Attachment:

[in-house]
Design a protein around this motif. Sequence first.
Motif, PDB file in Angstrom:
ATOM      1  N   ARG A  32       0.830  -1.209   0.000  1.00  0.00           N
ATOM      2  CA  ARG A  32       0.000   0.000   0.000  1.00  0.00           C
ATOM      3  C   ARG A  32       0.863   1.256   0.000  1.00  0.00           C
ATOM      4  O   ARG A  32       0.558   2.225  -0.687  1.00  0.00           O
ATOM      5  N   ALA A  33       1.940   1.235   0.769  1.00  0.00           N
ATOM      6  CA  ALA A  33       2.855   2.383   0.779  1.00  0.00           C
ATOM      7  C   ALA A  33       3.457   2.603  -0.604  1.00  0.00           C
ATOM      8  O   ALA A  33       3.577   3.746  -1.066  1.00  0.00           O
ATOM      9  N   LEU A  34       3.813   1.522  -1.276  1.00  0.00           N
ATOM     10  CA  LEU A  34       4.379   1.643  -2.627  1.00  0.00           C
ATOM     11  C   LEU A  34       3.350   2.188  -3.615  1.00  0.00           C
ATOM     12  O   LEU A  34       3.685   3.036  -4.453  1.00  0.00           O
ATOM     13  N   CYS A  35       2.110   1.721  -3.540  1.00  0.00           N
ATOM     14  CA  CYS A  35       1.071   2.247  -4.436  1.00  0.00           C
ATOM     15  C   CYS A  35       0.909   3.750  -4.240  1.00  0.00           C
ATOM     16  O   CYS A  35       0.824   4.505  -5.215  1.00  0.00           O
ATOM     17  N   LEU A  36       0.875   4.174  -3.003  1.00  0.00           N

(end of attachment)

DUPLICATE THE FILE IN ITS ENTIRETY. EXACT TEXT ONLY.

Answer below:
[in-house]
Design a protein around this motif. Sequence first.
Motif, PDB file in Angstrom:
ATOM      1  N   ARG A  32       0.830  -1.209   0.000  1.00  0.00           N
ATOM      2  CA  ARG A  32       0.000   0.000   0.000  1.00  0.00           C
ATOM      3  C   ARG A  32       0.863   1.256   0.000  1.00  0.00           C
ATOM      4  O   ARG A  32       0.558   2.225  -0.687  1.00  0.00           O
ATOM      5  N   ALA A  33       1.940   1.235   0.769  1.00  0.00           N
ATOM      6  CA  ALA A  33       2.855   2.383   0.779  1.00  0.00           C
ATOM      7  C   ALA A  33       3.457   2.603  -0.604  1.00  0.00           C
ATOM      8  O   ALA A  33       3.577   3.746  -1.066  1.00  0.00           O
ATOM      9  N   LEU A  34       3.813   1.522  -1.276  1.00  0.00           N
ATOM     10  CA  LEU A  34       4.379   1.643  -2.627  1.00  0.00           C
ATOM     11  C   LEU A  34       3.350   2.188  -3.615  1.00  0.00           C
ATOM     12  O   LEU A  34       3.685   3.036  -4.453  1.00  0.00           O
ATOM     13  N   CYS A  35       2.110   1.721  -3.540  1.00  0.00           N
ATOM     14  CA  CYS A  35       1.071   2.247  -4.436  1.00  0.00           C
ATOM     15  C   CYS A  35       0.909   3.750  -4.240  1.00  0.00           C
ATOM     16  O   CYS A  35       0.824   4.505  -5.215  1.00  0.00           O
ATOM     17  N   LEU A  36       0.875   4.174  -3.003  1.00  0.00           N